Updated: Aug 19
Follow me on Twitter @RobMcCammon1
One word 'Chemistry'.
Hey, I'm not that guy. I will explain what makes these so much of 'repeat offenders' in battery conversations. It's about the outer shell of the atoms. That shell is called the valence shell and boy does it matter.
You see, every atom wants to be like the 'noble' elements, Helium, Neon, Argon and so on. They are very stable. I mean nothing south of the power of the sun can change those guys. They don't combine with anything. Their valence shell has no empty spots, nor do they want to give any electrons away. Most are non flammable, again because they don't combine with Oxygen.
Meanwhile, there's those other elements on the other side of the periodic table. Starting with Hydrogen, who is found happy with itself as H2, below that is Lithium. We are putting that in everything we own. Then below that is Na. Sodium. One below that is Potassium. Every atom in that first row only has one electron in it's valence shell. These are collectively known as 'electron donors'. They want rid of that extra electron to make themselves stable like Helium. To do that, they combine easy with anything with an electron spot available.
All of these elements have this capability, along with Rubidium, Francium and Cesium, but they are rarer so we don't speak much about them. (Cesium is a favorite in crystal form to make atomic clocks. When you squeeze certain materials they emit an electric charge at a predicted rate. Piezo effect 'BOOM' laying some knowledge on you)
See the left column? They are very stable. The column on the right? Unstable, looking for love, everywhere. The behavior of these atoms and other columns began to show early chemists the make up of the table.
There's a great book. 'The Disappearing Spoon'. I love that book. Get the audio book, he tells the stories (a lot of them are very dark) of how we discovered the elements. Am I plugging his book? YES. I AM PLUGGING THIS BOOK. I hated chemistry.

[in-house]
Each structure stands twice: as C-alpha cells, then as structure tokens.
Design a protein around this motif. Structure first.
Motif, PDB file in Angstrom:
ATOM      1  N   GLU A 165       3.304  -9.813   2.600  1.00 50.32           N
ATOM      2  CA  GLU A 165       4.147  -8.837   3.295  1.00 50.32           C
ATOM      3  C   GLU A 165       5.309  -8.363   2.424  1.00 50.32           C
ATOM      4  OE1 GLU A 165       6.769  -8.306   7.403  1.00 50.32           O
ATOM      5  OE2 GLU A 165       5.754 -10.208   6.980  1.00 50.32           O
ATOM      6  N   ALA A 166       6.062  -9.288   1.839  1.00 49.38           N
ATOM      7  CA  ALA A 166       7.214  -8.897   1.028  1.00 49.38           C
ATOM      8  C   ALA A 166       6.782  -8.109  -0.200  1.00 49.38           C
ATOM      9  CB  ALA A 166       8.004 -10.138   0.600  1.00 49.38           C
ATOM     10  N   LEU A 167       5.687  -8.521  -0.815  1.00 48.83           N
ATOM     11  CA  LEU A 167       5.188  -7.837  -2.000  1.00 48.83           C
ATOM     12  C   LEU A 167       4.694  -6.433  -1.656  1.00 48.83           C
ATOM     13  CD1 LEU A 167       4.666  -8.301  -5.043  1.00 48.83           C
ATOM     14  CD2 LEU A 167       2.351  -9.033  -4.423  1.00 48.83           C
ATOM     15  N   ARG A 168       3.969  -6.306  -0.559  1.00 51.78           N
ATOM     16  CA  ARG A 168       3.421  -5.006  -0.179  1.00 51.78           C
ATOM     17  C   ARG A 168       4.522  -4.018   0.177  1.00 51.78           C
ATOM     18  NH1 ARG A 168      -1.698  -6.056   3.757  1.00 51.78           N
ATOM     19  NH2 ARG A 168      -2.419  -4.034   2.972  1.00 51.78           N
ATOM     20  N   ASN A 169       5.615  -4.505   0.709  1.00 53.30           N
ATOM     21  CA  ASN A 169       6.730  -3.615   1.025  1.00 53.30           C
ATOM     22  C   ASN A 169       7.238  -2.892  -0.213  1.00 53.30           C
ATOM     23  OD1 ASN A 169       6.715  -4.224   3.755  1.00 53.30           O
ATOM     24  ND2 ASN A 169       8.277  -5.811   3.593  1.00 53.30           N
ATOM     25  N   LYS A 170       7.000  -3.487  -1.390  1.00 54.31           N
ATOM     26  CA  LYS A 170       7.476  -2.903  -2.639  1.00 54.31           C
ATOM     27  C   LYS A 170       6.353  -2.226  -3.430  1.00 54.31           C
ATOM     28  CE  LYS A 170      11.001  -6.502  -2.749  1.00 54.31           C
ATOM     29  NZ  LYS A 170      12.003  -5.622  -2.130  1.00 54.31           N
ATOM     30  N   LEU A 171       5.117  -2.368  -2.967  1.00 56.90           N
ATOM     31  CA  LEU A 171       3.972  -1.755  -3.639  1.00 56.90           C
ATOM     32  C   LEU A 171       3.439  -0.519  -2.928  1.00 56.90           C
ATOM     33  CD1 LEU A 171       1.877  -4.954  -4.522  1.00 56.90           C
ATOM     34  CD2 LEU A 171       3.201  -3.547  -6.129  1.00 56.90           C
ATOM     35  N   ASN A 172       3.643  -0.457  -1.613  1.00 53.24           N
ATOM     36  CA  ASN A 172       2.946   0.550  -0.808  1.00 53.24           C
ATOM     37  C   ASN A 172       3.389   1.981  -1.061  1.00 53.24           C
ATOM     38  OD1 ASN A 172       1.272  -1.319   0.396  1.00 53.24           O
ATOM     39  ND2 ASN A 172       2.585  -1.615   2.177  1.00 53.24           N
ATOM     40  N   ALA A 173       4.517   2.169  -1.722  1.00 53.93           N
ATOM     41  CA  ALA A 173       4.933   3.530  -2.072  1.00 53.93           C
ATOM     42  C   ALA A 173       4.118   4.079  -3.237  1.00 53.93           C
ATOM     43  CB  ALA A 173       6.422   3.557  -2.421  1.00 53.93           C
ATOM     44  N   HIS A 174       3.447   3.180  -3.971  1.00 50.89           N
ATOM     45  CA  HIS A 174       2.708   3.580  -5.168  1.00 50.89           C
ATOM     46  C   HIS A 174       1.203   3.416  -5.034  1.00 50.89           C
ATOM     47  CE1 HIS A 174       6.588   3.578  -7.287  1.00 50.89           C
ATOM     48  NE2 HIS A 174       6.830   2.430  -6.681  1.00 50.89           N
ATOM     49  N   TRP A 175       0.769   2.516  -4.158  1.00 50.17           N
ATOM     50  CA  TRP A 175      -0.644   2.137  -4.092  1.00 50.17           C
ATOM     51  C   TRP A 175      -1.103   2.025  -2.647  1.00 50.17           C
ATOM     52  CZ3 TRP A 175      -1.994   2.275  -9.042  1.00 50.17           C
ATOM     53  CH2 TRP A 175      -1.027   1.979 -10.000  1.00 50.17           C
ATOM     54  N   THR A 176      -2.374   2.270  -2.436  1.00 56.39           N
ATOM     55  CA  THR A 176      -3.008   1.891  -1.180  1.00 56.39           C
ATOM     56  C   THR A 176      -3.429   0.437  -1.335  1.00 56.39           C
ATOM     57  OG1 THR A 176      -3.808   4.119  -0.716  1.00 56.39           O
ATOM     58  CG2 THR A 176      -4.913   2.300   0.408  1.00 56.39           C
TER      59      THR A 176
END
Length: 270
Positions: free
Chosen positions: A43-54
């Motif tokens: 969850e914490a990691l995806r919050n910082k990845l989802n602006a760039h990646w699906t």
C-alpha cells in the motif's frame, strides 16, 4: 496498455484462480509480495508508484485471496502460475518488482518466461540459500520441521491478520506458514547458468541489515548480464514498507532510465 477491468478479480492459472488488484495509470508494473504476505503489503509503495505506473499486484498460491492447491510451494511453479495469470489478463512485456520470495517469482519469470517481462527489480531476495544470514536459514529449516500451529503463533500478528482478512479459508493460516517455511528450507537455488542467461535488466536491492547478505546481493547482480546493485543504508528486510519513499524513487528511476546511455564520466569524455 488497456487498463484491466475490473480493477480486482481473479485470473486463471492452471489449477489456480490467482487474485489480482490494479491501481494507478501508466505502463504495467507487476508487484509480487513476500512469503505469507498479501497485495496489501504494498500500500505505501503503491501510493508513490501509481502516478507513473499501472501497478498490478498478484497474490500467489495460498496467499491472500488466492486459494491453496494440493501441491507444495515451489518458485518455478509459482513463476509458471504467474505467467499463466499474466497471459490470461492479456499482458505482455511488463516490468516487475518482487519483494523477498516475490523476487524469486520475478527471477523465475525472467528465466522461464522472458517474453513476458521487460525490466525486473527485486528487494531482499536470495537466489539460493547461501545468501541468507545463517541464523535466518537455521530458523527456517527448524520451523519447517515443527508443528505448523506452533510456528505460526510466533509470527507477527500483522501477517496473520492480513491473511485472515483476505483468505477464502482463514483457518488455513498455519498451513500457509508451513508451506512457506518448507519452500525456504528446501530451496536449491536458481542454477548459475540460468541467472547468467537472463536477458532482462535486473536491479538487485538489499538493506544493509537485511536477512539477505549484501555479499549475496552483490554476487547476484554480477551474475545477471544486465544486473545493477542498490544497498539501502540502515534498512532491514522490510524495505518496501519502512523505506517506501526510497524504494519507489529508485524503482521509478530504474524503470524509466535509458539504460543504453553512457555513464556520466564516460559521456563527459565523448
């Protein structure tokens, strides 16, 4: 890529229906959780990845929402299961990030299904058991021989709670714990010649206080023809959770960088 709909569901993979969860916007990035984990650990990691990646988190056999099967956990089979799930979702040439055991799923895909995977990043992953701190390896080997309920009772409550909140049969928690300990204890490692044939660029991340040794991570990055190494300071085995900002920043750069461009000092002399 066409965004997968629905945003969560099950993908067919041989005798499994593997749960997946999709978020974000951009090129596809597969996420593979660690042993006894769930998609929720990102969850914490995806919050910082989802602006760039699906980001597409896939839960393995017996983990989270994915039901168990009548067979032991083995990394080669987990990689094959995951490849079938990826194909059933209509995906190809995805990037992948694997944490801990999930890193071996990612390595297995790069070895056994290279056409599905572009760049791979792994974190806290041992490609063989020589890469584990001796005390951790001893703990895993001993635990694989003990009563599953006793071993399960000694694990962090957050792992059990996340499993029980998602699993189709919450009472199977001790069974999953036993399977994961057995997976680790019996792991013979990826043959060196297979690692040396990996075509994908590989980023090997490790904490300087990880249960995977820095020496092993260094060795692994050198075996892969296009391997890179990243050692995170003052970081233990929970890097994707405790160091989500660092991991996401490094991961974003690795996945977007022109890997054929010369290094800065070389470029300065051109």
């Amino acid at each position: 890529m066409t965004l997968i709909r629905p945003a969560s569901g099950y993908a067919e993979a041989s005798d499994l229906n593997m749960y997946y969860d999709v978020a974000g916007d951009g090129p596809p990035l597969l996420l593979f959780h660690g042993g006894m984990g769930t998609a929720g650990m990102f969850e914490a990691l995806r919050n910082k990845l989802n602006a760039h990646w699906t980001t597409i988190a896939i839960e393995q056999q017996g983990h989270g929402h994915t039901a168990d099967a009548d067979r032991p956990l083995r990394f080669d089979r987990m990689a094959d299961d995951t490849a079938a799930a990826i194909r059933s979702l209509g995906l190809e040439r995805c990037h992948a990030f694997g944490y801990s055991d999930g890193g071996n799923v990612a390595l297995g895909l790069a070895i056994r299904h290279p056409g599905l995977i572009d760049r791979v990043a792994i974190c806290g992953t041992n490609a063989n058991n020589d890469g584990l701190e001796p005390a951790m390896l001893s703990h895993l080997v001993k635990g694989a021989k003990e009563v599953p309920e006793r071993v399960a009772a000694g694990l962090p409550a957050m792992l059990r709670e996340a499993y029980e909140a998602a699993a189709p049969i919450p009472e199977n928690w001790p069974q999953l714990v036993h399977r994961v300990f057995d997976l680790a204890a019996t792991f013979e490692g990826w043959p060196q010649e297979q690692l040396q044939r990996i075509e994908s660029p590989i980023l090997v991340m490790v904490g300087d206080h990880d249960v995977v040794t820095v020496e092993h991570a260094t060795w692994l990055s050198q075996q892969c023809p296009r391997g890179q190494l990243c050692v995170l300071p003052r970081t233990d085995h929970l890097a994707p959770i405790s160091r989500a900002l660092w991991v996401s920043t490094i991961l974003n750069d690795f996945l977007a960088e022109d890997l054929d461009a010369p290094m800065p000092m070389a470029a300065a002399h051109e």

That's the simple part.
Each one of these has some good and bad. Since their atomic weights go up, their energy density goes down. Simply the atoms are bigger so you can't cram is much into the spot. This is very simplified, and I promised the Lord in Heaven that I would not write a chemical equation again so many years ago if he just got me through chemistry.
So. That is why you hear these elements over and over for batteries. CATL's recent announcement of a salt battery still can probably make dendrites. That process happens after the reassembly of the cathode and anodes. The atoms begin to stack and form a chain through the separator and the electrolyte shorting the battery.
In third grade or so you probably did an experiment in class that allowed you to watch a salt crystal grow in water. When you think about that, your battery assembles and disassembles, so it too will stack as the greater amount of atoms follow a given path through the separator.
The TLDR? All these are in the same column so they all act very similar. Look at the periodic table to see the elements this applies too.
As always, thanks for reading. I hope this helps. Our goal at Charge Talk is to build understanding so you can understand what you are investing in. Any comments? Hit us up.
Checkout the Charge Talk Podcast! Listen on the go, for free!
This is not financial advice.